In the words of the Secretary of the Dorbar, “Our land all along has its own laws or system of citizenship or sonship in the Hima in all Khasi states. Unless these laws are written down, they will only remain in the minds of people with everyone giving his own version”.

Rai Sahib Hormu Rai Diengdoh said, “From the beginning, ownership of every Hima lies with the people. They installed a Syiem and Hima is not a rightful land of the Syiem. The Syiem was implanted on the top like a flower”. Borkusañ Syiem of Khyrim also reiterated the same saying, “Initially in Ri Khasi there existed villages with their own Lyngdoh (priest) and then they looked for the Syiem and thereafter a tax or contribution to support the office of the Hima”. One by one every leader from every nook and corner echoed the same feeling with regard to this issue that people are the primary owners of land and then followed the division on the types of land and forests in every hima. Therefore, this law of citizenship or sonship particularly refers to the situation that any person has the same right of citizenship when he moves from one Hima (state) to another on account of reasons or situations unavoidable for that person and he/she should get same and equal treatment from the administrator of the Hima (state). It is also interesting to note on the definition of ‘Khasi’ and ‘criteria for membership’ as indicated in these laws it states that, “A Khasi is a person male or female (1) Born from a Khasi parent, (2) either one of the parents is a Khasi and (3) Anybody who has married a Khasi. Whereas, the criteria for membership in the Hima (state) is (1) by birth, (2) by marriage and (3) by having his house or land in that Hima (state).

Looking at these forgotten traditional laws, I feel the Sixth Schedule of the Constitution evolved because of these old laws that those leaders wanted to streamline and perpetuate among their people. Mr. J. Rynjah, CEM of United Khasi & Jaiñtia Hills DC in his speech on 24th Sept 1952 says “A nation is not a mere mob of people but organized people. In the DC there is ample scope to carry forward valuable laws for the good of everyone”. Therefore, the core issue lying before the District Council should be on these issues rather than attempting to emerge as another alternative government in a traditional mould but with all the fancies of an urban jurisdiction. In the pursuit to become influential, we have lost track somewhere and discarded essential practices and traditions. Lest we forget, what we have actually forgotten, the future that we wanted apart from technological advances, is the social fabric postulated in these forgotten laws.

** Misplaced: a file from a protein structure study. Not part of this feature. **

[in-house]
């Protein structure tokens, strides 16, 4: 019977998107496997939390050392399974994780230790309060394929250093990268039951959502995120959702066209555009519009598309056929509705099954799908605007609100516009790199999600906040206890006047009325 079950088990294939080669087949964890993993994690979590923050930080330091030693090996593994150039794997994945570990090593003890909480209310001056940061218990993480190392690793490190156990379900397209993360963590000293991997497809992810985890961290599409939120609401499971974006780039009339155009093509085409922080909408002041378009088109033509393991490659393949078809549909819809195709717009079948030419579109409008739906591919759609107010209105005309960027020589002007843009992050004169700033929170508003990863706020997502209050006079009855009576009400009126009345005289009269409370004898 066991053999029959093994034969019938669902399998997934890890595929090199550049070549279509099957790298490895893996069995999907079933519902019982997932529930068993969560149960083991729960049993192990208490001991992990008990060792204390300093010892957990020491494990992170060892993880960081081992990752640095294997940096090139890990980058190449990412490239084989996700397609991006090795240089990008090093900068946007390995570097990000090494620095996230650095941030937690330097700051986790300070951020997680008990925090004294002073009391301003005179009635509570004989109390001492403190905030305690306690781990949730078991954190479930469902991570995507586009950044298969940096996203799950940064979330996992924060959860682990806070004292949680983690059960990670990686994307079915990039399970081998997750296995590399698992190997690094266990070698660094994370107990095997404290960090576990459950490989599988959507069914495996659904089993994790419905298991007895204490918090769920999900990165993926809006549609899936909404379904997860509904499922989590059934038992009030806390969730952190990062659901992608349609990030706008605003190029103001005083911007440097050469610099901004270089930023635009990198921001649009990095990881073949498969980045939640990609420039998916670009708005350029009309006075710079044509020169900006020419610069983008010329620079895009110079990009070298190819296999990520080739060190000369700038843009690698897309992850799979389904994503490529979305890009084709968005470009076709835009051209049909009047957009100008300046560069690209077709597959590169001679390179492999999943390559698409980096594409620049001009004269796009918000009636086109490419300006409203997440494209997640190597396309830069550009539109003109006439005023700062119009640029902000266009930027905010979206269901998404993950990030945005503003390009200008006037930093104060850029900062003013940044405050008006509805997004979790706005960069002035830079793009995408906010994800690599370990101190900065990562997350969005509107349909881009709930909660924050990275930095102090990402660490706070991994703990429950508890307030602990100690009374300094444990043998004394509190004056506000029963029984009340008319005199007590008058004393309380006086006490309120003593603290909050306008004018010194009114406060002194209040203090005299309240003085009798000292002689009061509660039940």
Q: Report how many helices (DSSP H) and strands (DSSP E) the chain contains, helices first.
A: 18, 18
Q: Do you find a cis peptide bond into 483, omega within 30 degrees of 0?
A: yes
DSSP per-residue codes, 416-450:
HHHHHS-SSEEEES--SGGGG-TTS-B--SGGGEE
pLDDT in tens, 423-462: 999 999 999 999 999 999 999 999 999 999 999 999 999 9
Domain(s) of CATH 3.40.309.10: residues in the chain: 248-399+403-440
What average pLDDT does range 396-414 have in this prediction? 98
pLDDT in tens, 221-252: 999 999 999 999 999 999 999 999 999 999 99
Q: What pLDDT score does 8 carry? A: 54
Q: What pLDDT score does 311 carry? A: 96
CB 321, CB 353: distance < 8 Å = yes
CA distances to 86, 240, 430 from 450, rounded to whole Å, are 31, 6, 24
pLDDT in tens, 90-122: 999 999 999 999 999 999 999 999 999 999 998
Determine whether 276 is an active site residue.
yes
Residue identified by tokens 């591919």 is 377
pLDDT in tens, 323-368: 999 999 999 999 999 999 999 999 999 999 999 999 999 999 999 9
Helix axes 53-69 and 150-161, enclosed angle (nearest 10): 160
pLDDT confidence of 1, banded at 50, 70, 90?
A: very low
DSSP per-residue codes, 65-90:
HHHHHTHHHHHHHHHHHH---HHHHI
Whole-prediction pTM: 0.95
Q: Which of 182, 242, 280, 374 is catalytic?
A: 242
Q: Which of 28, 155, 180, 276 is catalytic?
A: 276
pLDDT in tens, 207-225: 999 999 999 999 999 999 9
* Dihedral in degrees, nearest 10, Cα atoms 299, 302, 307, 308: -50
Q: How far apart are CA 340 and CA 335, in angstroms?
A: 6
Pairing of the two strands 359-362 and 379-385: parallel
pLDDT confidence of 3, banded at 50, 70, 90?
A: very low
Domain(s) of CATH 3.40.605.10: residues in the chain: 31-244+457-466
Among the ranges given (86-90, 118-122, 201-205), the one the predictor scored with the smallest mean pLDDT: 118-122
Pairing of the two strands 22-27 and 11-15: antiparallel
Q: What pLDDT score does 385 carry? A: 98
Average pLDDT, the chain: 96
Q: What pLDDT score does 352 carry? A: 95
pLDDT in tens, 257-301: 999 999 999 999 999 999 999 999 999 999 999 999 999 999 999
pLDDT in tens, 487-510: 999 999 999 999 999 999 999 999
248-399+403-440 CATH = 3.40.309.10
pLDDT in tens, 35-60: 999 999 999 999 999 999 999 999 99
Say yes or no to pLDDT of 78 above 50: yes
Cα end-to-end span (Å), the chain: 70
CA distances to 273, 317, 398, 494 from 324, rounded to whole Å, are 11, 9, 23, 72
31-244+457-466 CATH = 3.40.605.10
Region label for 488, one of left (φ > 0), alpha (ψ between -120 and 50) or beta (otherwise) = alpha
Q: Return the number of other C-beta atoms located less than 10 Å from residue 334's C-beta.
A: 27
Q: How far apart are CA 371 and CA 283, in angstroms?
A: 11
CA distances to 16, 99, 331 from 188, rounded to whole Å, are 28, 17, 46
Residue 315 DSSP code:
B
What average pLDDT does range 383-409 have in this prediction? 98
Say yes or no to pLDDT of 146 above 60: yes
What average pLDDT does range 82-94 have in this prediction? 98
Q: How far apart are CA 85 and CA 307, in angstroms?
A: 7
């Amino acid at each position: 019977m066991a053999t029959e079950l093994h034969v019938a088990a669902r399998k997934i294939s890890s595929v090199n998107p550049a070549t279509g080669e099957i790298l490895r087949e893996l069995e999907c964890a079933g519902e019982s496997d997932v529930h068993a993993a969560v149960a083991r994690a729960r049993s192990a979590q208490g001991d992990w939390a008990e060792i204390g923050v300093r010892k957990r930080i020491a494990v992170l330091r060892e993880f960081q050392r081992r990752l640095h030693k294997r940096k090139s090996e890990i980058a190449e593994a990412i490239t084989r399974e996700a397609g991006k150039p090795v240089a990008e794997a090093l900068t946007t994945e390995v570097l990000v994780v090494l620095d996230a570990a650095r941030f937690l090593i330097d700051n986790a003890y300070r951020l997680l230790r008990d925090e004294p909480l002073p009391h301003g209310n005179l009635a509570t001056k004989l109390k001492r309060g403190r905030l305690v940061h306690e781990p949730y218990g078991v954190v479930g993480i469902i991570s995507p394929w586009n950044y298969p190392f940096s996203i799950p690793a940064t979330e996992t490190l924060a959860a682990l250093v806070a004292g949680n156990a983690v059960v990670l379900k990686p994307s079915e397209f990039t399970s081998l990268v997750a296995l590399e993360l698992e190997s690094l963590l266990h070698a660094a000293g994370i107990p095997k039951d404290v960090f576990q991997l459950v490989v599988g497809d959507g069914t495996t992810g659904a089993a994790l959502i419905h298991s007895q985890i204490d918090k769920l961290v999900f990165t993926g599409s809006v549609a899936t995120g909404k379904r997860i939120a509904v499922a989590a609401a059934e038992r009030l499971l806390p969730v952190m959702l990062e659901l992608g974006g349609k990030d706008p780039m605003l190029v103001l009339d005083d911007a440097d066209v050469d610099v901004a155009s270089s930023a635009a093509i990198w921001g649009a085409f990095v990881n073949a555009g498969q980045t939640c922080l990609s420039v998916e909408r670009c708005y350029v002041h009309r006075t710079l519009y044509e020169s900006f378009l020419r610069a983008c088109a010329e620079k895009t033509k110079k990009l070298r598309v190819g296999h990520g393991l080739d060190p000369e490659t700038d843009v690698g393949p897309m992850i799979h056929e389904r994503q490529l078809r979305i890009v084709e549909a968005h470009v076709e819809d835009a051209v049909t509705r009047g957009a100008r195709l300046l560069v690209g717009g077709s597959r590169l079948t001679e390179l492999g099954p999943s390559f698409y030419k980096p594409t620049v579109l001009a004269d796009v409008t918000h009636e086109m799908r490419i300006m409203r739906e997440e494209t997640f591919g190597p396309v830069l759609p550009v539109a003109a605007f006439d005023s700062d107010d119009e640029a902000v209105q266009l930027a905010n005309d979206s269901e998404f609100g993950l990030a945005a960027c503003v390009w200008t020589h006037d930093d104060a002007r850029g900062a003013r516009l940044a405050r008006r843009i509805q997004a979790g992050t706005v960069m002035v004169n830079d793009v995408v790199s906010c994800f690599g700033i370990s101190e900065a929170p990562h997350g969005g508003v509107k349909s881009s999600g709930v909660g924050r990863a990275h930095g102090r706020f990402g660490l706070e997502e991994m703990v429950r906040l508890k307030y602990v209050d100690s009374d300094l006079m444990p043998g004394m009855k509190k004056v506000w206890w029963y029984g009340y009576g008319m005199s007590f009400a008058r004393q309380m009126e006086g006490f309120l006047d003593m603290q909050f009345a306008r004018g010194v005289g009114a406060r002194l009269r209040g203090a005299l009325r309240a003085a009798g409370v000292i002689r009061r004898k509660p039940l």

On the issue of sanad, the Syiem of Sohra said, “From the very beginning when the British came they recognized our system and duly issue a sanad sealed and signed by the Governor General of India, but subsequently the authority that signed the sanad has been transferred to the Governor of a Province and now to the Deputy Commissioner and in the future by a much lower staff perhaps. This shows the derogatory attitude towards the Khasi states and chiefs”. It is in the interest and pride of the people to elevate the status of Khasi states when the recognition comes from the highest authority such as the Governor General.

Finally it was JJM Nichols Roy’s desire and advocacy that persuaded the Dorbar to change certain rules in order to make room for women’s participation in the same process of governance by foreseeing how to equate them with other women of advanced cultures of the world.